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Korean J Intern Med > Volume 20(4); 2005 > Article
Yoo, Lee, Munderi, Shin, and Lee: Clinical and Bronchoscopic Findings in Ugandans with Pulmonary Kaposi's Sarcoma

Abstract

Background

Pulmonary Kaposi's sarcoma (PKS) directly affects the life expectancy of those infected and yet the clinical and radiographic features of Kaposi's sarcoma (KS) with pulmonary involvement are nonspecific, which makes diagnosis difficult. In Uganda, pulmonary tuberculosis, which has clinical features that closely resemble those of PKS, also occurs commonly and thus confusion is bound to arise. Bronchoscopy is a recognized diagnostic investigatory modality for PKS. The aim of present study was to identify unique or useful points for the differential diagnosis of PKS and other opportunistic infections.

Methods

The clinical, radiologic, and bronchoscopic findings in thirty-five Ugandan patients (age 20-50, median 32) with PKS were analyzed.

Results

Cough and weight loss were most common and occurred in 97.1%, whereas fever occurred in 62.9%, and breathlessness in 57.1%. Thirty-four patients (97.1%) showed mucocutaneous KS, and palatal KS was most frequent and was observed in 74.3%. In addition, 25 patients (71.4%) showed the characteristic endobronchial plaques of KS. The most frequently observed radiographic abnormality was bilateral reticulonodular density. Histological examinations of bronchoscopic biopsies revealed KS in 7 (36.6%) cases. Five PFS patients (25%) also had co-existent tuberculosis.

Conclusions

The majority of patients with PKS showed no specific findings on physical examination, apart from mucocutaneous KS. Our findings indicate that palatal KS may be a strong predictor of PKS. In Uganda, pulmonary tuberculosis may be the most common concomitant pulmonary infection in PKS patients.

INTRODUCTION

Kaposi's sarcoma (KS) is the most common malignancy in HIV infected patients, and although KS occurs in persons without HIV in tropical Africa, its prevalence is very low. In western countries, Kaposi's sarcoma is regarded as a disease of homosexual and bisexual men1). But, in Africa the main mode of HIV transmission is via heterosexual intercourse, and thus KS is also commonly found in females. For this reason, the clinical features of pulmonary Kaposi's sarcoma (PKS) in Africa may differ from those in Western countries.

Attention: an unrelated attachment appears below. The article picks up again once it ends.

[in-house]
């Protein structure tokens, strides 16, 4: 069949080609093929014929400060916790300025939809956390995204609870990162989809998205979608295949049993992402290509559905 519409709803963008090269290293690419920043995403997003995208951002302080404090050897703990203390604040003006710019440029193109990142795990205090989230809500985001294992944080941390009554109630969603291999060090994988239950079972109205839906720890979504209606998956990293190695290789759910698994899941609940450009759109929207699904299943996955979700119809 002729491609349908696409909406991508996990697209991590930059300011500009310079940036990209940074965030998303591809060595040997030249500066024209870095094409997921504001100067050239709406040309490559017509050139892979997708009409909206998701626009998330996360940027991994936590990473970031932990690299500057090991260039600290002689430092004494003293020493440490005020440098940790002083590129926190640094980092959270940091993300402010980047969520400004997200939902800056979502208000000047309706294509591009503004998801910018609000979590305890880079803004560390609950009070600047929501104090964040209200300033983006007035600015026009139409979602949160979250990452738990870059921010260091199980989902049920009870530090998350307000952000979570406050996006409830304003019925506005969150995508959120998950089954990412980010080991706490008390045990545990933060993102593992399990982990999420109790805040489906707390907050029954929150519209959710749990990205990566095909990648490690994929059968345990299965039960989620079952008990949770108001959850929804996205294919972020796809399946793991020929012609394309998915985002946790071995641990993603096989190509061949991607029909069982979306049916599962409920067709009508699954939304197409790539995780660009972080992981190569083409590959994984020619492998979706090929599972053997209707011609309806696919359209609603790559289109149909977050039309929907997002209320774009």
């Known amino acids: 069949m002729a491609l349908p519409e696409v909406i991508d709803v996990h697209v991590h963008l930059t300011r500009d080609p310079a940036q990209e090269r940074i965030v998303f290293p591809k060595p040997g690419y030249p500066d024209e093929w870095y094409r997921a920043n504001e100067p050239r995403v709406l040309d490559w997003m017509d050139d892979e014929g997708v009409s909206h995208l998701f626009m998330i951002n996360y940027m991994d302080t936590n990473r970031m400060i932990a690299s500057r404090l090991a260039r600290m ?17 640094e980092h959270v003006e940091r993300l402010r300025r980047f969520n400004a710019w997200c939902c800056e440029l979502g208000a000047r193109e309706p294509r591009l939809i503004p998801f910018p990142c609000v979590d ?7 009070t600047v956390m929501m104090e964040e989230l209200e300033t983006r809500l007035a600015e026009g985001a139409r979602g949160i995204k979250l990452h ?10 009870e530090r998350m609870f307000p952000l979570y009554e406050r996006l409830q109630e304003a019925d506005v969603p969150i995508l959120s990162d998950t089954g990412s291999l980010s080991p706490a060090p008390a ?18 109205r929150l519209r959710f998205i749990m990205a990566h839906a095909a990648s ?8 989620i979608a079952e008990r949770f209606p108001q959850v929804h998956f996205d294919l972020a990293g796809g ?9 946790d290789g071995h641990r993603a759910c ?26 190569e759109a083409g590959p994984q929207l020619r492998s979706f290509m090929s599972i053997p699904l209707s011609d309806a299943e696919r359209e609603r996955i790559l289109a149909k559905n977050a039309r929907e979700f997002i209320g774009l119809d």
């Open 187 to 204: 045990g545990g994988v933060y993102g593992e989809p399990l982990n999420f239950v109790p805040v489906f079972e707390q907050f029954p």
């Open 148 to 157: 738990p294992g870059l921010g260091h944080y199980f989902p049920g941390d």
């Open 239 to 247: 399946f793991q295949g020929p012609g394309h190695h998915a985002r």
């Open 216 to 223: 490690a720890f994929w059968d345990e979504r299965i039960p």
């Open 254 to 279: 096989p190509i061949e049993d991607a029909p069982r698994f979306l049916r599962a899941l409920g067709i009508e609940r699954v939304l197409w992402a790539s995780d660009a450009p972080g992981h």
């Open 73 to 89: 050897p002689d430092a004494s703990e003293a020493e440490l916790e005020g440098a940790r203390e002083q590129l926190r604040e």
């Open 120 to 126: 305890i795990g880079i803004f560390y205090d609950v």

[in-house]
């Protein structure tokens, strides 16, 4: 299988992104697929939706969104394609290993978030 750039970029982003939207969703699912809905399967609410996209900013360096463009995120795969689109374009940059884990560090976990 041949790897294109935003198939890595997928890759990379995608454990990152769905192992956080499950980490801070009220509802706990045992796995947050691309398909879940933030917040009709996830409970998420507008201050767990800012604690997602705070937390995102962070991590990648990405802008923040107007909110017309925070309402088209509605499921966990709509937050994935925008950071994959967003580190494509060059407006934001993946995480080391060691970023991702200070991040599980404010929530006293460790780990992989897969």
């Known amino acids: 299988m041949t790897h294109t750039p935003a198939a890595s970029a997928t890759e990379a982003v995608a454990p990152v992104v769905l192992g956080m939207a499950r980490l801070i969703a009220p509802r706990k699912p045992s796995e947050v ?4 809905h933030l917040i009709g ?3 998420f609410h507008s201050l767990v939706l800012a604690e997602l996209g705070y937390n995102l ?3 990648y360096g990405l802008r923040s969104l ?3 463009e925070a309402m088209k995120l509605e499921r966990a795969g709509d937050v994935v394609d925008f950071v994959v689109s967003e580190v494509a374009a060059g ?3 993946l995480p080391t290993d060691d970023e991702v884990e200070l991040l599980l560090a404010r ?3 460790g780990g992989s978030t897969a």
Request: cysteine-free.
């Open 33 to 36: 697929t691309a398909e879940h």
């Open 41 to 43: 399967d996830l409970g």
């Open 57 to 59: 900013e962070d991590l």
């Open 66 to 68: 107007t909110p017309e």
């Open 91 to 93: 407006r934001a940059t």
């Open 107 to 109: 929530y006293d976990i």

In Uganda, pulmonary tuberculosis, whose clinical features resemble those of PKS, also occurs commonly, and thus these two disease entities are likely to be confused. Clinically we have observed patients who have been administered anti-tuberculous medicine, and who are later proven to have PKS by bronchoscopy. These patients tend to show some improvement initially on anti-tuberculous regimens, but their symptoms return after a few months. Thus, we questioned the progress of these patients, as to whether they had PKS only or whether they had co-existent PKS and pulmonary tuberculosis from the beginning. PKS must be considered in the differential diagnosis of all respiratory patients with HIV/AIDS, and bronchoscopy must be performed to identify its presence; however, it is difficult to perform bronchoscopy on all due to a lack of facilities in Uganda. Therefore, we attempted to determine whether there is some unique or useful point that can be used to differentiate PKS from other opportunistic infections.

MATERIALS AND METHODS

Between June 1993 and July 1997, 236 patients with HIV-infection were examined by fiberoptic bronchoscopy at Mulago hospital, and of these 64 patients had findings of PKS by bronchoscopy. Each of these patients received a complete physical examination and a detailed history-taking by the investigator. Chest X-ray findings were classified according to the predominant abnormality, e.g., unilateral or bilateral reticulonodular densities, increased bronchovascular marking only, or effusion. Those who were not reviewed thoroughly by the investigator were excluded from this study. The study inclusion criteria for PKS were; 1) typical bronchoscopic findings (25 cases), bright red or violaceous raised mucosal lesions (Figure 1), or 2) the presence of KS by biopsy (7 cases), or 3) clinically considered PKS (3 cases) including chest X-ray findings (Figure 2) and no evidence of other pulmonary disorders. Thirty-five patients were eligible for inclusion. Twenty-two patients were men and 13 were women, and their age range was 20-50 (median 32). Bronchoscopic biopsies were obtained in 20 of the cases whose KS lesions were located at bifurcation of bronchi, and bronchoalveolar lavage (BAL) was performed in these cases. Ziehl Neelsen, Leishmann staining and direct fluorescent staining for Pneumocystis carinii were performed on all BAL specimens. Chest X-ray and bronchoscopic findings were compared by the investigator. Infection with HIV was proven by a positive enzyme-linked immunosorbent assay.

RESULTS

Clinical symptoms

All patients had significant clinical symptoms whether respiratory or general in nature. Coughing and weight loss were most common (97.1%). Fever (62.9%), breathlessness (57.1%), hemoptysis, and chest pain (31.4%) followed. Chest pains were usually retrosternal in nature and this was aggravated by coughing (Table 1).